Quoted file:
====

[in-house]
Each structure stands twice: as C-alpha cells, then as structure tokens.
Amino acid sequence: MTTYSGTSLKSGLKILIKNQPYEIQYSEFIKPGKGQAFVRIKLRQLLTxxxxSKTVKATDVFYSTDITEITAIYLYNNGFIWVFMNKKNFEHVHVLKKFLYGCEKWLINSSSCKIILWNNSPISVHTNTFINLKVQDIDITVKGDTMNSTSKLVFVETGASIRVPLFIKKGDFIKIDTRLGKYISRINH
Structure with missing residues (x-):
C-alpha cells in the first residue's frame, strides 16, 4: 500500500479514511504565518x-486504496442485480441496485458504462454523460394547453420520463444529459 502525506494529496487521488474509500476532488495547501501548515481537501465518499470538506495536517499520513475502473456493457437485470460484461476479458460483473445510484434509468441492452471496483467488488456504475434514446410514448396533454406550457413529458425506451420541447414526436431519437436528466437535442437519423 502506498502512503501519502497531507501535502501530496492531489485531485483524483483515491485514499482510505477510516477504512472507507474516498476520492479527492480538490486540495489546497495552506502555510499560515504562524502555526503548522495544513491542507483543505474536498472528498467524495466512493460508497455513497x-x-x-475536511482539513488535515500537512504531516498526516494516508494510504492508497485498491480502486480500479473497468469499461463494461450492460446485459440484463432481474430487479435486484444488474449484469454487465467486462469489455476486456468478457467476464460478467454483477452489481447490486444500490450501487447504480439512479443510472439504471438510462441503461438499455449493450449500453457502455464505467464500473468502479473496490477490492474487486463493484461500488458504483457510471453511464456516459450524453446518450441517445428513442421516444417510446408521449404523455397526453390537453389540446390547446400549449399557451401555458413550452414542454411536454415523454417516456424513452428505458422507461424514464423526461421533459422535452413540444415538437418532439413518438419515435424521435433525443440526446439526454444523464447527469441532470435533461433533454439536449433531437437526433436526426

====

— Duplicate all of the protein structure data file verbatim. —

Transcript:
[in-house]
Each structure stands twice: as C-alpha cells, then as structure tokens.
Amino acid sequence: MTTYSGTSLKSGLKILIKNQPYEIQYSEFIKPGKGQAFVRIKLRQLLTxxxxSKTVKATDVFYSTDITEITAIYLYNNGFIWVFMNKKNFEHVHVLKKFLYGCEKWLINSSSCKIILWNNSPISVHTNTFINLKVQDIDITVKGDTMNSTSKLVFVETGASIRVPLFIKKGDFIKIDTRLGKYISRINH
Structure with missing residues (x-):
C-alpha cells in the first residue's frame, strides 16, 4: 500500500479514511504565518x-486504496442485480441496485458504462454523460394547453420520463444529459 502525506494529496487521488474509500476532488495547501501548515481537501465518499470538506495536517499520513475502473456493457437485470460484461476479458460483473445510484434509468441492452471496483467488488456504475434514446410514448396533454406550457413529458425506451420541447414526436431519437436528466437535442437519423 502506498502512503501519502497531507501535502501530496492531489485531485483524483483515491485514499482510505477510516477504512472507507474516498476520492479527492480538490486540495489546497495552506502555510499560515504562524502555526503548522495544513491542507483543505474536498472528498467524495466512493460508497455513497x-x-x-475536511482539513488535515500537512504531516498526516494516508494510504492508497485498491480502486480500479473497468469499461463494461450492460446485459440484463432481474430487479435486484444488474449484469454487465467486462469489455476486456468478457467476464460478467454483477452489481447490486444500490450501487447504480439512479443510472439504471438510462441503461438499455449493450449500453457502455464505467464500473468502479473496490477490492474487486463493484461500488458504483457510471453511464456516459450524453446518450441517445428513442421516444417510446408521449404523455397526453390537453389540446390547446400549449399557451401555458413550452414542454411536454415523454417516456424513452428505458422507461424514464423526461421533459422535452413540444415538437418532439413518438419515435424521435433525443440526446439526454444523464447527469441532470435533461433533454439536449433531437437526433436526426